Culturally In Australia Easter is no big deal, however in Italy it is tied to religious observances and fish is traditionally eaten on Good Friday by Italian Catholics even if they are not practising Catholics.
I plan to cook something simple – a pasta dish with Mussels. Cozze in Italian, cuzzili in Sicilian.
This is not a complicated dish. It is made with fresh mussels and a little fresh tomato, but not so much to mask the taste of the other ingredients.
Local mussels are prolific in Victoria and I regularly buy them at the Queen Victoria Market; these are generally farmed in Port Phillip Bay and recently from Mount Martha; when I get the chance, I like to go to Portarlington, where they are sold straight off the boats. Mussels are sustainable.
Red, ripe tomatoes are fabulous at this time of year, but tinned tomatoes are OK too. I even used some ripe, yellow, heirloom tomatoes in this sauce!
Spaghettini (thin spaghetti) are used for this dish – the thin strands result in a greater surface area and allow greater absorption of the sauce.
The sauce is prepared quickly while the pasta is cooking. The same ingredients and method of cooking this dish can also be used with other fish – try squid.
Do not be horrified and think me a phony for using grated cheese with fish! The rest of Italy may not, but Sicilians do it. Using cheese is not necessary, especially if you like to savor the fresh taste of the tomatoes.
mussels, 2 kg fresh, live mussels
red tomatoes, fresh, 500 g, chopped and peeled
garlic, 3 chopped…to taste
parsley, 1 cup finely chopped
extra virgin olive oil, ½ – ¾ cup
salt and pepper
basil, fresh, some stalks and leaves in the sauce and some leaves to decorate and provide a last-minute aroma
grated pecorino, (optional), to taste
Clean the mussels by rubbing them against each other in cold water (or use a plastic scourer). Pull the beards sharply towards the pointy end of the shell.
Heat 2 tablespoons of olive oil in a deep pan.
Add the mussels.
Cover and cook over a brisk flame, shaking the pan every now and then, until the mussels have opened. Turn off the flame and let them cool slightly, then remove and discard the shells of about ¾ of them. Use the whole mussels for decoration.
If you have given the mussels sufficient time to open and some have remained closed, there is no need to discard them. They are very much alive, place them back on heat and they will eventually open.
Save the juice from the mussels in a separate vessel.
Add the onion to a new pan, sauté till golden.
Add the chopped tomatoes and some basil stalks with leaves attached (these can be removed at time of serving).
Simmer the sauce for about 8-10 minutes, just to blend the flavours and to evaporate some of the tomato juice. Place the tomato sauce aside.
Cook the spaghettini.
Add some extra virgin olive oil and garlic to a new pan (or wipe down the same pan that you have used to cook the sauce). Soften the garlic and add the parsley.
Add the mussel meat to the pan and toss the ingredients around for a few minutes before adding the tomato sauce and as much of the mussel juice as you think you will need for the sauce. Remove the cooked basil (it has done its job).
Add the mussels in their shells (gently) to warm through.
Drain the pasta. Add it to the pan with the rest of the ingredients toss them around till they are well coated. Be gentle with the cooked mussels in their shells as you want to keep the mussel meat in the shell.
Add fresh basil leaves.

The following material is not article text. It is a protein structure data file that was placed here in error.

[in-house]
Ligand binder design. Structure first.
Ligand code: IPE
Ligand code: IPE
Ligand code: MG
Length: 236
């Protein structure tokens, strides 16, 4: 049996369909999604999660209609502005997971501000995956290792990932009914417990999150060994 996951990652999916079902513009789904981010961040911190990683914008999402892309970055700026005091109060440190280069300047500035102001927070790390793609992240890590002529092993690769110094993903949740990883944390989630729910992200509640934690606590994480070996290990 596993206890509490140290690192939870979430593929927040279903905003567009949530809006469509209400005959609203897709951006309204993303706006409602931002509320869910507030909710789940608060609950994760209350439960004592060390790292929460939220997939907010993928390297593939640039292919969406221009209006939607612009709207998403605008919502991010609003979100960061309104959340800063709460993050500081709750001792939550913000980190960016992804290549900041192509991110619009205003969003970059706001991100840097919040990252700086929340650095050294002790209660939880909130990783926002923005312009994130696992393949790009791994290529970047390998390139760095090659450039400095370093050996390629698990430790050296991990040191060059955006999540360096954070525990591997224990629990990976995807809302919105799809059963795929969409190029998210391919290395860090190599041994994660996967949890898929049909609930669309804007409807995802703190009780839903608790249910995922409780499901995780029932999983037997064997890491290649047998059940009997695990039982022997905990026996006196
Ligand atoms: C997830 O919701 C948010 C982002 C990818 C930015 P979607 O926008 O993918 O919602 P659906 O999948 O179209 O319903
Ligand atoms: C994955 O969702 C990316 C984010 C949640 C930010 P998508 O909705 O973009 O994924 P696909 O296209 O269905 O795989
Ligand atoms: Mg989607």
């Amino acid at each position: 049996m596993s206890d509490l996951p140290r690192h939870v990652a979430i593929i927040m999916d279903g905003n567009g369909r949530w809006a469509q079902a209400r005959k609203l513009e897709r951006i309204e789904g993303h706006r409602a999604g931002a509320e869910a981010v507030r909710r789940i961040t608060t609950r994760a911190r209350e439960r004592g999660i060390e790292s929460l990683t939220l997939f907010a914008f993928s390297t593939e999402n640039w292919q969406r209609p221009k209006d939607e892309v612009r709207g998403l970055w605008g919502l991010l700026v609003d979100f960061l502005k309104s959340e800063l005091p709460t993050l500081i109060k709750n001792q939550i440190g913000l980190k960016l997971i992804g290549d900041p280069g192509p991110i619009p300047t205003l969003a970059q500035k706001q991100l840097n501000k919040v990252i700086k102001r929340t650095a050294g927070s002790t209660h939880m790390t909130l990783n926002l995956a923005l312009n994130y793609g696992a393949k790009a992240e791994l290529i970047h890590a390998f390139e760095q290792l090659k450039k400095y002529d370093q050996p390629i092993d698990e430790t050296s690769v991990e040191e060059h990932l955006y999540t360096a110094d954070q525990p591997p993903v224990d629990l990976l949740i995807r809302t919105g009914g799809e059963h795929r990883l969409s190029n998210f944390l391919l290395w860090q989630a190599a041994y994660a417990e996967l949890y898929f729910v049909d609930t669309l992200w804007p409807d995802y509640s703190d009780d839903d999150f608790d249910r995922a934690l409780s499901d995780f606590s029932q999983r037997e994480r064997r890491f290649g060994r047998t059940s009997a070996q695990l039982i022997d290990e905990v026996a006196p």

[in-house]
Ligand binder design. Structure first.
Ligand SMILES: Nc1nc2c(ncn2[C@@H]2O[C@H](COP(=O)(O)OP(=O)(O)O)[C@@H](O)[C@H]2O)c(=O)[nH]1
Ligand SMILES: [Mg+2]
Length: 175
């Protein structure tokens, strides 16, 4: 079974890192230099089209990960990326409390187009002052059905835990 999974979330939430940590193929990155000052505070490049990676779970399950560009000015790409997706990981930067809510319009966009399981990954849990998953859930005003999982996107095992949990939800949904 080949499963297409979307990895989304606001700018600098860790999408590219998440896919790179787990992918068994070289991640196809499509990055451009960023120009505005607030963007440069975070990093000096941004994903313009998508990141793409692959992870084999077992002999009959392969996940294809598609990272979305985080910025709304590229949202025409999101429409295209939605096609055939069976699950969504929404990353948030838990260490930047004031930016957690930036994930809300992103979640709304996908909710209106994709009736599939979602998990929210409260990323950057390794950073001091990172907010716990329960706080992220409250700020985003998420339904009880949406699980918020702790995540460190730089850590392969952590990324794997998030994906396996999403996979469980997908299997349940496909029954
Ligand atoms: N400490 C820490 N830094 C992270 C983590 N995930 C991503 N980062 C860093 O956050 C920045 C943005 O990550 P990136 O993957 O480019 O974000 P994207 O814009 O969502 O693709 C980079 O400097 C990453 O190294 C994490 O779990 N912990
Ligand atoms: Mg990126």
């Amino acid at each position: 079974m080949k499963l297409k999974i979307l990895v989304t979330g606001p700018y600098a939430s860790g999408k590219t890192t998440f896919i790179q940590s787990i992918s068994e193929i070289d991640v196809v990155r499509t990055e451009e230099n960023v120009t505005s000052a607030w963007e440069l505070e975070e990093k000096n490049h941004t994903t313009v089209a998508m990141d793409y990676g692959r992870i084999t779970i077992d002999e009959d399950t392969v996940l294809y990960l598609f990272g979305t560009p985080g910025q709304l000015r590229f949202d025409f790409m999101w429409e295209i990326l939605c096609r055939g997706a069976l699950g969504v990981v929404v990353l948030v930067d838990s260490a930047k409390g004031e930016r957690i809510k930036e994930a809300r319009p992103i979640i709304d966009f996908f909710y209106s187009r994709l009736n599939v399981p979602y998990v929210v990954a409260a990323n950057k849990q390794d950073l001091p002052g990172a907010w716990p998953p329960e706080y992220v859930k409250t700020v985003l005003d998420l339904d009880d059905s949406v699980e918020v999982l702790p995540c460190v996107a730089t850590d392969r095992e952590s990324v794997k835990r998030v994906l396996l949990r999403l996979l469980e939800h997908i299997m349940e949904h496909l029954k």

Present with grated cheese for those who wish.
Pasta with cozze is eaten all over Italy but in Northern Italy parsley and garlic are the preferred flavourings and no tomatoes.
My last post was about marinaded white anchovies – a great crowd pleaser. This is easy finger food that can be presented on crostini (oven toasted or fried bread) or on small, cup shaped salad leaves.
Another small fishy bite which never fails to get gobbled up are fish balls poached in a tomato salsa. I took these to a friend’s birthday celebration recently.
The fish is Rockling. At other times I have made them with other Australian wild caught fish for example Snapper and Flathead, Blue-eye and Mahi Mahi.
Here are some photos of the ones I made recently.
Cut the fish into chunks and mince it in a food processor.
You can see the ingredients I use to make these fish balls, mainly currants, pine nuts, parsley and fresh bread crumbs . There is also some garlic and grated lemon rind, cinnamon….. and on this occasion I added nutmeg too.
These ingredients are common in Sicilian cuisine but also in Middle Eastern food. This is not surprising when you look at Sicily’s legacy.
For a variation use other Mediterranean flavours: preserved lemon peel instead of grated lemon, fresh coriander instead of parsley, omit the cheese, add cumin.
Combine the mixture and add some grated Pecorino and salt and pepper to taste.
Eggs will bind the mixture.
The mixture should be quite firm and hold together. You may need to add more eggs – the number of eggs you will need will vary because it will depend on the texture of the fish and the bread. I always use 2-3 day old sourdough bread.
On this occasion I added 2 extra eggs,(4 small eggs altogether) however I used 1 k of fish.
In the meantime make a tomato salsa. I added a stick of cinnamon.
Shape the mixture into small balls and poach them gently in the salsa.
This is the link to the recipe that is also in my second book, Small Fishy Bites.
I presented the fish balls in Chinese soup spoons – easy to put into one’s mouth. You can see that there were only very few fish balls left over on the festive table. There are also only five anchovies in witlof leaves left over.
Of course these fish balls are not just limited to party food. They make a great antipasto or main course.
A common recipe throughout Italy is braised calamari (usually called calamari in tegame – a tegame is a shallow sauté pan with a lid). The squid are sautéed and then simmered with some liquid – usually wine and/or tomatoes. In Italy small sized squid or cuttlefish is the norm: Australian regulations ensure that our squid grow to a more mature size (a good thing), but generally the larger they are, the tougher they can be.
For a main course for six people you will need 3 kg of calamari– because they shrink. Potatoes and peas are often included in this dish, but this time I added summer eggplants.
small squid, 3 kg
white wine,1 cup
flat leaf parsley, chopped, 1 cup
extra virgin olive oil, ½ cup